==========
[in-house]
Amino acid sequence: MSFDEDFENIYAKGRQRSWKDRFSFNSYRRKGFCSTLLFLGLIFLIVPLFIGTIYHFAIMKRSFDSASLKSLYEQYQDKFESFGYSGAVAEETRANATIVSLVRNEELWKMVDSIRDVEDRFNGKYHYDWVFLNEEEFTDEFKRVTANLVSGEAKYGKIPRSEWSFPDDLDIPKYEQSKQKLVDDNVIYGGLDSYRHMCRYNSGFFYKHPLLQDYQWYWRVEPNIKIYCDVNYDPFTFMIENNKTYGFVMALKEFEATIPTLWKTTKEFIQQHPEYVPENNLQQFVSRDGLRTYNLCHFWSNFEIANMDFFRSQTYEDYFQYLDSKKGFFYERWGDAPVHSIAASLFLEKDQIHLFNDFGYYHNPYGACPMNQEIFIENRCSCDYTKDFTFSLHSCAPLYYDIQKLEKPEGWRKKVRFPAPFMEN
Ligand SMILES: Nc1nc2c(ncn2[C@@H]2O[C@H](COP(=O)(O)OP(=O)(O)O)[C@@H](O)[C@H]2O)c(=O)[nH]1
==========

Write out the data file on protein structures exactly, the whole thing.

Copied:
[in-house]
Amino acid sequence: MSFDEDFENIYAKGRQRSWKDRFSFNSYRRKGFCSTLLFLGLIFLIVPLFIGTIYHFAIMKRSFDSASLKSLYEQYQDKFESFGYSGAVAEETRANATIVSLVRNEELWKMVDSIRDVEDRFNGKYHYDWVFLNEEEFTDEFKRVTANLVSGEAKYGKIPRSEWSFPDDLDIPKYEQSKQKLVDDNVIYGGLDSYRHMCRYNSGFFYKHPLLQDYQWYWRVEPNIKIYCDVNYDPFTFMIENNKTYGFVMALKEFEATIPTLWKTTKEFIQQHPEYVPENNLQQFVSRDGLRTYNLCHFWSNFEIANMDFFRSQTYEDYFQYLDSKKGFFYERWGDAPVHSIAASLFLEKDQIHLFNDFGYYHNPYGACPMNQEIFIENRCSCDYTKDFTFSLHSCAPLYYDIQKLEKPEGWRKKVRFPAPFMEN
Ligand SMILES: Nc1nc2c(ncn2[C@@H]2O[C@H](COP(=O)(O)OP(=O)(O)O)[C@@H](O)[C@H]2O)c(=O)[nH]1